What is in this article?:
- A 2010 federal law will require U.S. chain restaurants to display calorie information on their menus and menu boards. Will consumers use this information to make healthier
Where dining out was once reserved for special occasions, it is now part of many Americans’ weekly, or even daily, routine. From grabbing a breakfast sandwich on the way to work to meeting friends for dinner, Americans are consuming a large portion of their meals—and calories—from foods prepared outside the home. According to ERS estimates, food away from home accounted for 42 percent of U.S. households’ food expenditures in 2009.
Many Americans make less nutritionally sound food choices when eating out than when eating food prepared at home. One reason for the poorer nutritional quality of our restaurant choices may be lack of information. When shopping at grocery stores, consumers can compare packaged food items by their nutrient content, such as calories, saturated fat, and sodium. When dining out, such comparisons can be difficult. Unlike for packaged foods in the grocery store, national nutrition labeling is not mandatory for foods served in restaurants.
But that is about to change. The Patient Protection and Affordable Care Act of 2010 will require chain restaurants to post the number of calories in each standard menu item. Some restaurants already voluntarily provide calorie counts or other nutritional information, and some States and local governments have made such labeling mandatory. The 2010 Act, however, authorized the U.S. Food and Drug Administration (FDA) to establish uniform requirements affecting many U.S. chain restaurants.
Health professionals hope information on the nutritional content of specific foods and dishes will help consumers choose healthier, more nutritious diets. Will such information affect consumers’ purchase decisions and consumption patterns? ERS studies on the dietary effects of food away from home and nutritional information give clues about likely answers.
More Eating Out Means Lower Diet Quality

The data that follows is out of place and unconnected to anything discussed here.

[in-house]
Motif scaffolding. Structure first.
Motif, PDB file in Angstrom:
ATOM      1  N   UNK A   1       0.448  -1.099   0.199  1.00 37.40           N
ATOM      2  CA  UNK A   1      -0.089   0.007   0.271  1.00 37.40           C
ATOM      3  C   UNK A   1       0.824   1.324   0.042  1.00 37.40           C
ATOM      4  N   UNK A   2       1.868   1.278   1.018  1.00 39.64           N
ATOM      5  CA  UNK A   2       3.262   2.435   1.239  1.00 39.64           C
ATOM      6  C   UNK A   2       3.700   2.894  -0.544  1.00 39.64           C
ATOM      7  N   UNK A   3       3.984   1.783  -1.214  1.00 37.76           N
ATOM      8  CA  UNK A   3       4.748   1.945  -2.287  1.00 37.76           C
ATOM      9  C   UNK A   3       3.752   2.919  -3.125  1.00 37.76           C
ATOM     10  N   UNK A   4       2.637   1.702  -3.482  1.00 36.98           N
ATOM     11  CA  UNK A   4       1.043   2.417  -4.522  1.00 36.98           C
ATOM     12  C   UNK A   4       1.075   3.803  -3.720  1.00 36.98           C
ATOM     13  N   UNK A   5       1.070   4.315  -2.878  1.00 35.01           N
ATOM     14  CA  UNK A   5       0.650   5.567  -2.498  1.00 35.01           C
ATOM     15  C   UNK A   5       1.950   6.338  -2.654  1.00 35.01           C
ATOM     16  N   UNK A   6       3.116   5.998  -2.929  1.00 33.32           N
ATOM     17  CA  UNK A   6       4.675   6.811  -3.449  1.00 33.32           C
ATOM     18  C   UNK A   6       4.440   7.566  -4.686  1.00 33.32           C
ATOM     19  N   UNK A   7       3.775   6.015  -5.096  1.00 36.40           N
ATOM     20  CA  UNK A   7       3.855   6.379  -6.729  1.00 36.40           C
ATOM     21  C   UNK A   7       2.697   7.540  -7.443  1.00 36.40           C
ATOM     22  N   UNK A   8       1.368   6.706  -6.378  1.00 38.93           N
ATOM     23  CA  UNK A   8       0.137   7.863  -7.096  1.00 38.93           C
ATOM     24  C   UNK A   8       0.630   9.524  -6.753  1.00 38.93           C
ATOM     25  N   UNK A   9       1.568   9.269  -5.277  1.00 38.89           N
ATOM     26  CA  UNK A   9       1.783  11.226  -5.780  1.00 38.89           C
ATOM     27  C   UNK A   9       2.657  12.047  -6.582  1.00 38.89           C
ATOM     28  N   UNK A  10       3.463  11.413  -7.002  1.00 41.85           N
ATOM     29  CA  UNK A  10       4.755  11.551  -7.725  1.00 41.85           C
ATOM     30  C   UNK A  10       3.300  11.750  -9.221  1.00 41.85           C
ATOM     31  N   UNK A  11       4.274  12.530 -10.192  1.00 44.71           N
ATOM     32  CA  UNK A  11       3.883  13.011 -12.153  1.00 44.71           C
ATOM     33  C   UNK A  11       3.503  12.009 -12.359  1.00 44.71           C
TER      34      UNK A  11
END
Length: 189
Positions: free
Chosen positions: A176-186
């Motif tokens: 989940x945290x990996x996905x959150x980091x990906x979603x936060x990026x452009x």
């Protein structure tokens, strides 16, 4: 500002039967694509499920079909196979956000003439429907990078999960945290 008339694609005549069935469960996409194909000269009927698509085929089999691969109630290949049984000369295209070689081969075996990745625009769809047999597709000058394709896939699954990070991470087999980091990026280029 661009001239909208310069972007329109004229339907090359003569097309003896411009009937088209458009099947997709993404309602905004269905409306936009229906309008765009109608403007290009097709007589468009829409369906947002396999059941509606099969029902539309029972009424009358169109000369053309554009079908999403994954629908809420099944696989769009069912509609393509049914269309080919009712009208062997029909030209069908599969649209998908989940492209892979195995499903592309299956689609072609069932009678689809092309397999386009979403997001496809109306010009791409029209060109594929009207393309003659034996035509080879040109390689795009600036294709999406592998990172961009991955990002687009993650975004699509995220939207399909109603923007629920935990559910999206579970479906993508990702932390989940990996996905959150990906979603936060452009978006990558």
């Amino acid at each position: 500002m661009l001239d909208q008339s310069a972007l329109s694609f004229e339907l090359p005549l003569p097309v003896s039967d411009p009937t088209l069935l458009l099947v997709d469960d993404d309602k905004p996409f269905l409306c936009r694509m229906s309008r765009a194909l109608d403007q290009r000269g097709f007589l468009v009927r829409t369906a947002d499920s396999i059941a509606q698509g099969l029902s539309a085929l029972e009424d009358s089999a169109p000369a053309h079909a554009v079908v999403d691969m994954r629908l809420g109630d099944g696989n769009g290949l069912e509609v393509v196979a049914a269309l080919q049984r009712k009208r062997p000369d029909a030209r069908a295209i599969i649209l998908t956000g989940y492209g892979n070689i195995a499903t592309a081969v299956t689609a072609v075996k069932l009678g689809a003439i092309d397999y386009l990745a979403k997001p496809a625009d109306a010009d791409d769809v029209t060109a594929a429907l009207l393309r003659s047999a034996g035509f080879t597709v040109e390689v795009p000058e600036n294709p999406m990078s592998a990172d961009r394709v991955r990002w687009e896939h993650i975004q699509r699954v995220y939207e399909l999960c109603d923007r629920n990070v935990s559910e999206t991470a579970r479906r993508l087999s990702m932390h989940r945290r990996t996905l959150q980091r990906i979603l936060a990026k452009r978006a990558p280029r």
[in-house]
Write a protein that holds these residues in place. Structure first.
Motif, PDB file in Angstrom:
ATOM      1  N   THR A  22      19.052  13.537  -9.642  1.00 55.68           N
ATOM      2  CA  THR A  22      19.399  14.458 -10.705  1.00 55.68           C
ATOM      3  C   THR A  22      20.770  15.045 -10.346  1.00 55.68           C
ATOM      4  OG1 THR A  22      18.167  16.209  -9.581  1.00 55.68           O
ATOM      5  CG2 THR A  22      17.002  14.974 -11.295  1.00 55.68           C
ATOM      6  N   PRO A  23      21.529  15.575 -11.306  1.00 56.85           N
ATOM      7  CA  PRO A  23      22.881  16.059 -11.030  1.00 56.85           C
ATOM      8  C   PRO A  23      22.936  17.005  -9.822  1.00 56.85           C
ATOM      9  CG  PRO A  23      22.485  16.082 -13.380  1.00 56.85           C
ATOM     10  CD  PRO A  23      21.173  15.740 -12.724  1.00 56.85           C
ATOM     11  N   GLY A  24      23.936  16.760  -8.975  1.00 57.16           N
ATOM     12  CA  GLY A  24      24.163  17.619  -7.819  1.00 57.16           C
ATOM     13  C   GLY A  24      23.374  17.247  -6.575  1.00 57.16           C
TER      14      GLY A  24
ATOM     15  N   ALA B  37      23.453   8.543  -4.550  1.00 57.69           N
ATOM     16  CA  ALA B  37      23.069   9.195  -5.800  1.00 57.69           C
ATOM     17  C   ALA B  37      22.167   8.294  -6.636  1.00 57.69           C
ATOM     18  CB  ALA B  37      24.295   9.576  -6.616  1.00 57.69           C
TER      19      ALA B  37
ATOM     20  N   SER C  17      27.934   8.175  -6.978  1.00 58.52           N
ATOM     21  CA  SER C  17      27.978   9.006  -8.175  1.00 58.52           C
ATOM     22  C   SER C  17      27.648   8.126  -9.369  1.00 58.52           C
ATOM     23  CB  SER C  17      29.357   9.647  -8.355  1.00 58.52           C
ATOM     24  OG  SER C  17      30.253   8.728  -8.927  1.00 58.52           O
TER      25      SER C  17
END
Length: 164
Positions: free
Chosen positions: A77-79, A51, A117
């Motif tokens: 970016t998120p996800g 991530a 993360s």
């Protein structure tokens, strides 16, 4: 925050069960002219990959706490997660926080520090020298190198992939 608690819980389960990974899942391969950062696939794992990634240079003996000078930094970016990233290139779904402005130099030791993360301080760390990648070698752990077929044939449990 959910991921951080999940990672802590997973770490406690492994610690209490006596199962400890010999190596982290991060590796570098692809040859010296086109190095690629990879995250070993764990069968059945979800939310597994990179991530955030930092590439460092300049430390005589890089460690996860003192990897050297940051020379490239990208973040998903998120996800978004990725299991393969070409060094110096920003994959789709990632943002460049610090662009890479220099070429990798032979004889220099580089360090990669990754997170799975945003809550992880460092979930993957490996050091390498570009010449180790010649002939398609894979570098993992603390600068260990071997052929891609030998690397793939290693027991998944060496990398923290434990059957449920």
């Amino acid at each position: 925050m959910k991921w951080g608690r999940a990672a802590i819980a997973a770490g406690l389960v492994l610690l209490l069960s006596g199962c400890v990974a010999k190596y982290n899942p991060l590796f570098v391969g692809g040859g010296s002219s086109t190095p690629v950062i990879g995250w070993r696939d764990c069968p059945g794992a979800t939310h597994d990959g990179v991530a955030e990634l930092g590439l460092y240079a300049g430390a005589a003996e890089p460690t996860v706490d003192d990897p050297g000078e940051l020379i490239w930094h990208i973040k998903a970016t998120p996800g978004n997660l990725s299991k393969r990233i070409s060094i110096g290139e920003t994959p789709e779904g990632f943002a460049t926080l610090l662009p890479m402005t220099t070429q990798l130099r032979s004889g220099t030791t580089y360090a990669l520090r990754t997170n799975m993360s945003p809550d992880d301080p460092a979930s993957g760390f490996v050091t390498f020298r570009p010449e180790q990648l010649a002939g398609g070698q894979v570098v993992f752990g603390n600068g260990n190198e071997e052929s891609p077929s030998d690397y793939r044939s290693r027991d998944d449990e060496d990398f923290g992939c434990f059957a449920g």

ERS analyses of Federal food intake surveys reveal that in 2003-06, Americans obtained 33 percent of their daily calories from away-from-home foods, up from 18 percent in 1977-78. Nearly half of surveyed adults dined out three or more times a week in 2005-06, and 12 percent reported eating away from home more than seven times per week.
As away-from-home eating becomes more frequent, its dietary impact increases as well. When dining out, Americans consume more calories per eating occasion, as well as higher amounts of total fat, saturated fat, and cholesterol and lower amounts of dietary fiber, calcium, and iron on a per calorie basis, than when eating food prepared at home. Even after controlling for individual differences in dietary awareness and food preferences, a 2010 ERS analysis shows that each additional away-from-home meal increased average daily calorie intake of adults by 134 calories, which could result in roughly 2 pounds in weight gain over 1 year, if other things such as physical activity remain the same.
The results of several studies reveal that people generally underestimate the calories and fat content in restaurant menu items. The disparity between estimated and actual calories is larger for high-calorie foods and, ironically, for foods ordered from establishments that promote their menu items as healthy.
ERS researchers also looked at the diets of children 6- to 18-years old and found that food away from home has an effect on this age group’s diet quality as well. Compared with a snack or meal eaten at home, each away-from-home snack or meal added roughly 65 calories to the average daily intake of a 6- to 18-year old. Among teenagers, the effect was more pronounced—eating a meal away from home added 108 more daily calories than eating at home. At the same time, eating away from home increased the quantity per calorie of other components consumed in excess—saturated fat, sodium, added sugars, and solid fat.
Consumers appear to recognize that frequent eating away from home can lower diet quality. In an ERS analysis of the 2005-06 National Health and Nutrition Examination Survey (NHANES) data, only 21 percent of respondents who ate more than seven away-from home meals per week rated their overall diet quality as excellent or very good, compared with 43 percent who ate out less than once per week. While people may generally recognize that eating out frequently can lower diet quality, they may have difficulty correcting the situation if they lack specific details about calories and nutrients.